Over the last few years there have been numerous sightings of a presumed big cat in the area of Huddisford Woods near the village of Woolsery, Devon, and were someone planning a spot of hoaxing it would have been easy to predict that any hair sampling would take place there and go to that wood and plant a lot of hairs on pretty much every prickly bush near the access tracks inside the wood (a Forestry Commission plantation) so as to ensure that a few could be found. Lars did say at the time that the hairs he had were quite old and had been in the environment at least a week, and were somewhat degraded but were definitely leopard.

Now that I think about it, I did also hear a little bit of muttered doubt as to the competence of this Lars Thomas, as in "He seems to find an awful lot of leopards", and now that I go looking, I cannot seem to scare up any reference to him other than this meeting and a few other bits and bobs; certainly not any published work. Having said this, the surname of Thomas seems to be a common Danish one so I may be missing a few papers by a not very well published scientist; he's certainly no Doug Kell in terms of amount of published work.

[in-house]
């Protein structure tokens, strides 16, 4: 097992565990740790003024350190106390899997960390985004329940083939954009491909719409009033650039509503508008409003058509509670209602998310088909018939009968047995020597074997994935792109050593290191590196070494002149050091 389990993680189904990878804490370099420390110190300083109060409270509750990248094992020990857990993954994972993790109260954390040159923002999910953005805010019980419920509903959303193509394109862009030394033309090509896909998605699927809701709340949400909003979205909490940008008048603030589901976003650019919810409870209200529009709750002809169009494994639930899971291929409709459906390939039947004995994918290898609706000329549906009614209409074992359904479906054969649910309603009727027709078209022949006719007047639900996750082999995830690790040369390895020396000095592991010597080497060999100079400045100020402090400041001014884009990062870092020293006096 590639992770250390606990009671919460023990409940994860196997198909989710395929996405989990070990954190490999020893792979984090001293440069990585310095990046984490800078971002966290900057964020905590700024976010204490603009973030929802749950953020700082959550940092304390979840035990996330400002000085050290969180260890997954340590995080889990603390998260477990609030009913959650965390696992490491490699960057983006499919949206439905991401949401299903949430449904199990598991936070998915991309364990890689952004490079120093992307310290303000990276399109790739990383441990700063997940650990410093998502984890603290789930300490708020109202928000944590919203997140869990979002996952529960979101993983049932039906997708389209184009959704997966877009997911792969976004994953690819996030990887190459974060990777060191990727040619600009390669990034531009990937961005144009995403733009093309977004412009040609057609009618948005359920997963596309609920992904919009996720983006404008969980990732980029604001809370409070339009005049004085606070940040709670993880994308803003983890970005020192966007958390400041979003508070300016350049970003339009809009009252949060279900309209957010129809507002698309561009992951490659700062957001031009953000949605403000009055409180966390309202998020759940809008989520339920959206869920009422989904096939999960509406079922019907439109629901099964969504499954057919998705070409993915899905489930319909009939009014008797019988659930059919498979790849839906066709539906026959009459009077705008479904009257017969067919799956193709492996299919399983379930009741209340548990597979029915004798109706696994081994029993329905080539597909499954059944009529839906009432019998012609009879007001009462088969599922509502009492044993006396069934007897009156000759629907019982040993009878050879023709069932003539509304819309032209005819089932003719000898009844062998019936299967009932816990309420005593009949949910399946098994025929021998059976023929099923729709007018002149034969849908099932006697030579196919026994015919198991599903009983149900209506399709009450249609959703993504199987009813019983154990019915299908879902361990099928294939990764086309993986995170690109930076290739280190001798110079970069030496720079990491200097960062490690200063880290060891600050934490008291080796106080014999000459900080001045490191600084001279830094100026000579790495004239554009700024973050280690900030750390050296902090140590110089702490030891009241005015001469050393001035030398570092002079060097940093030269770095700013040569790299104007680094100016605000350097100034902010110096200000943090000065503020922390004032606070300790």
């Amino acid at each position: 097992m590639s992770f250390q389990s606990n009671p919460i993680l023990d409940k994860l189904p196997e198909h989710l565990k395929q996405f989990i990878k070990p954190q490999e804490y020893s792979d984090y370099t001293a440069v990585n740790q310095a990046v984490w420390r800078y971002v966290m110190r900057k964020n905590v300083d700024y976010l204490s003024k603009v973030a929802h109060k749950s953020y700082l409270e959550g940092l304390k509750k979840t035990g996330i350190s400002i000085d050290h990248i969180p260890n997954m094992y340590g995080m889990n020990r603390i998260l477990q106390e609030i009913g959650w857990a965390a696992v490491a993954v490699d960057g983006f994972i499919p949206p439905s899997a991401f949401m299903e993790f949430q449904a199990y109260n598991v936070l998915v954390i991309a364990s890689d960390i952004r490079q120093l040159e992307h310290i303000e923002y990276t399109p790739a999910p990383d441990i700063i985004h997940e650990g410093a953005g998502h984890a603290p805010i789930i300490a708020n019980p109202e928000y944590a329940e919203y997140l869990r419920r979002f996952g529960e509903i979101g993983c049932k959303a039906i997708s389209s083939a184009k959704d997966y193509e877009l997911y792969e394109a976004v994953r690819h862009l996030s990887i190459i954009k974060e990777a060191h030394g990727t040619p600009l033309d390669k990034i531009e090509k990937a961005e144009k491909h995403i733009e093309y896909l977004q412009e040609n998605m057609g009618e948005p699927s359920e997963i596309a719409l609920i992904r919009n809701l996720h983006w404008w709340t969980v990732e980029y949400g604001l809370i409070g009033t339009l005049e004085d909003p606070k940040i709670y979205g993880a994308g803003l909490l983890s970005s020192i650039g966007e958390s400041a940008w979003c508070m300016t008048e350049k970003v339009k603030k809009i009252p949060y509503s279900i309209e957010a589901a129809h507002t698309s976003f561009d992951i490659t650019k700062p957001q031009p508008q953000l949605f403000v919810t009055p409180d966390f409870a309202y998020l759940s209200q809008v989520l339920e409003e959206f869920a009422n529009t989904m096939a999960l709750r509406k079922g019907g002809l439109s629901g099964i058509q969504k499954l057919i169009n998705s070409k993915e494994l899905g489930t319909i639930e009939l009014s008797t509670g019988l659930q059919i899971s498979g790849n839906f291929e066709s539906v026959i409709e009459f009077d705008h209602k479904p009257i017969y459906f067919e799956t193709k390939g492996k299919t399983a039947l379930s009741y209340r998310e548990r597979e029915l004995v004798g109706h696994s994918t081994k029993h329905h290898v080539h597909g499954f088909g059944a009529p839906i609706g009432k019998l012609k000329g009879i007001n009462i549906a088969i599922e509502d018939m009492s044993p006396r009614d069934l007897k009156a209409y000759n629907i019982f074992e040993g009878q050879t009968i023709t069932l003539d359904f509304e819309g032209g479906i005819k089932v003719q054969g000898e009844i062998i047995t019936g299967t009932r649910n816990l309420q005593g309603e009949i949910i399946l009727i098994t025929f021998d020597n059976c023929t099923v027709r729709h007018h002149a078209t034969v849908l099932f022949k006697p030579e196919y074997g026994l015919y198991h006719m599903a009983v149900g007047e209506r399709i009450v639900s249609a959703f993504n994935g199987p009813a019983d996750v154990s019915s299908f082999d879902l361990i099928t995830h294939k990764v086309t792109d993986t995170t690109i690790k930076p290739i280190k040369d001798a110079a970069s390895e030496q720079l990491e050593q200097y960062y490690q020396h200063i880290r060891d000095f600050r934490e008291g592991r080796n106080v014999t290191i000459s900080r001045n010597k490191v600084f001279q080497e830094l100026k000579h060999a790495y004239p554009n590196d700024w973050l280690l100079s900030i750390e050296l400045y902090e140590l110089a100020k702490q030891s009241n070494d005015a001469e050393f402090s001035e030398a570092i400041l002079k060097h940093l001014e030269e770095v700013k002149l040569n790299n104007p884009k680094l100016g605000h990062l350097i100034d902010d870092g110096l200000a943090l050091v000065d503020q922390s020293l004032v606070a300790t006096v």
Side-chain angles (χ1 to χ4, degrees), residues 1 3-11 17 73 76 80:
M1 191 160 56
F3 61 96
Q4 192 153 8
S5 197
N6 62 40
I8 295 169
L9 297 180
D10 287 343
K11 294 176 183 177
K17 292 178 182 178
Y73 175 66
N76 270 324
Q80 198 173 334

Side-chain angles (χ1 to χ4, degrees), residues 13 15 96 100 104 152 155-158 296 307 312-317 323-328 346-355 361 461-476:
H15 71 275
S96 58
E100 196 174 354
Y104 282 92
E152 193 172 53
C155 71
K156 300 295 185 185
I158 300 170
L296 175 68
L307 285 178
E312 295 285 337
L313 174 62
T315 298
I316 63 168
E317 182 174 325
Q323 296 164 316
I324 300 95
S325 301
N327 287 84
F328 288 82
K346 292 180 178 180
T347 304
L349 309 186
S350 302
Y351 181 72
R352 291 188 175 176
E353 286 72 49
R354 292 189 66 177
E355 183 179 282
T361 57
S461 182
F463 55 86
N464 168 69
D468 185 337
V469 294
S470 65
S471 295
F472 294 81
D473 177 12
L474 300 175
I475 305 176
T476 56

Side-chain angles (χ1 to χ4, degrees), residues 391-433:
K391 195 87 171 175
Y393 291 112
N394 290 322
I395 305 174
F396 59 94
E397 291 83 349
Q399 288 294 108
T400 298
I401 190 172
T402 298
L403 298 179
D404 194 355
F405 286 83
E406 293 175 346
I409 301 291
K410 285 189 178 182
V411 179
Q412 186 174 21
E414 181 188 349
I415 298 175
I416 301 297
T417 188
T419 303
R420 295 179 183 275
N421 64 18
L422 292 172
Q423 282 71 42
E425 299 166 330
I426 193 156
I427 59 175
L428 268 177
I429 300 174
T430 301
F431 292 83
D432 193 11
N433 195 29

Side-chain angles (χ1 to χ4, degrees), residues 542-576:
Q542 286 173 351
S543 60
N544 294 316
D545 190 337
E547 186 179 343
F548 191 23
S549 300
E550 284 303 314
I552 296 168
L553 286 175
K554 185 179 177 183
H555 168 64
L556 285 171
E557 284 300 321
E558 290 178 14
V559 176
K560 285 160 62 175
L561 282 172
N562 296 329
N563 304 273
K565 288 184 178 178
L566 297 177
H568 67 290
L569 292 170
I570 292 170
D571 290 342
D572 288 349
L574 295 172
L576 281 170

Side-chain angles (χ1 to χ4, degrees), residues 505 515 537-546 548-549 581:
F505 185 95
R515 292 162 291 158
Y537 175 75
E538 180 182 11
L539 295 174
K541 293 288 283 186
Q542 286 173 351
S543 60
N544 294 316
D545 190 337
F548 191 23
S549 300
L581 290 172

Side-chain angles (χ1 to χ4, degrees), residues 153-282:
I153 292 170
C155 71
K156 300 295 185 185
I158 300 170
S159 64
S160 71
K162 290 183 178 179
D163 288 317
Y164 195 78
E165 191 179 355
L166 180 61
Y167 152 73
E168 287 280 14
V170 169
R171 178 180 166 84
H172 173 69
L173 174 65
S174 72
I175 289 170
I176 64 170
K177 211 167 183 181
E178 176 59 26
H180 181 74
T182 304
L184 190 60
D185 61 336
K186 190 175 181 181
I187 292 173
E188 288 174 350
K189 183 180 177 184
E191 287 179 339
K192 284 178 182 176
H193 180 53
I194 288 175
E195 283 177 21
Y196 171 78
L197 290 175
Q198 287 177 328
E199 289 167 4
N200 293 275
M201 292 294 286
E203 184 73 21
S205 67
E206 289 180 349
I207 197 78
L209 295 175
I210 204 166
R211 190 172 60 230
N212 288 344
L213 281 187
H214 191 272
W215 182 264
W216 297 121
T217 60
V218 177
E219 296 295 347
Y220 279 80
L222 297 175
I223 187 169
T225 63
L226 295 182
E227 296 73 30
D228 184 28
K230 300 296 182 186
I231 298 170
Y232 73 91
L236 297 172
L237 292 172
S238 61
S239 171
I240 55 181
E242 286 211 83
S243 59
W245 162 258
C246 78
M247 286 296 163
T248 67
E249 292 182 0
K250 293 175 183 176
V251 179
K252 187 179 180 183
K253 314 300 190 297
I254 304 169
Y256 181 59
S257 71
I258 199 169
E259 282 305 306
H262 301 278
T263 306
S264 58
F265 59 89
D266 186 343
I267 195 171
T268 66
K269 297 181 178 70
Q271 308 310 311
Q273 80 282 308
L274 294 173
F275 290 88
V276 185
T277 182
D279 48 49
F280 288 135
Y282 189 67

DNA testing was again being carried out by this Lars Thomas, and once again some healthy skepticism is necessary here. Not only must the repute and skill of the tester be questioned, but the exact technique being used must also be known. If you have enough sample to be able to amplify it using PCR without fear of contamination, then it is these days possible to sequence quite large volumes of DNA quite quickly, but even if this is done the problem still remains of how many reference samples and sequences there are in public repositories.

All in all, I confess to a certain amount of skepticism regarding the results. At the very least some rub strip sampling is needed; if this works then a camera trap would be my next port of call, followed perhaps by seeing if the animal can (in the best traditions of Victorian biology) be shot to provide a specimen.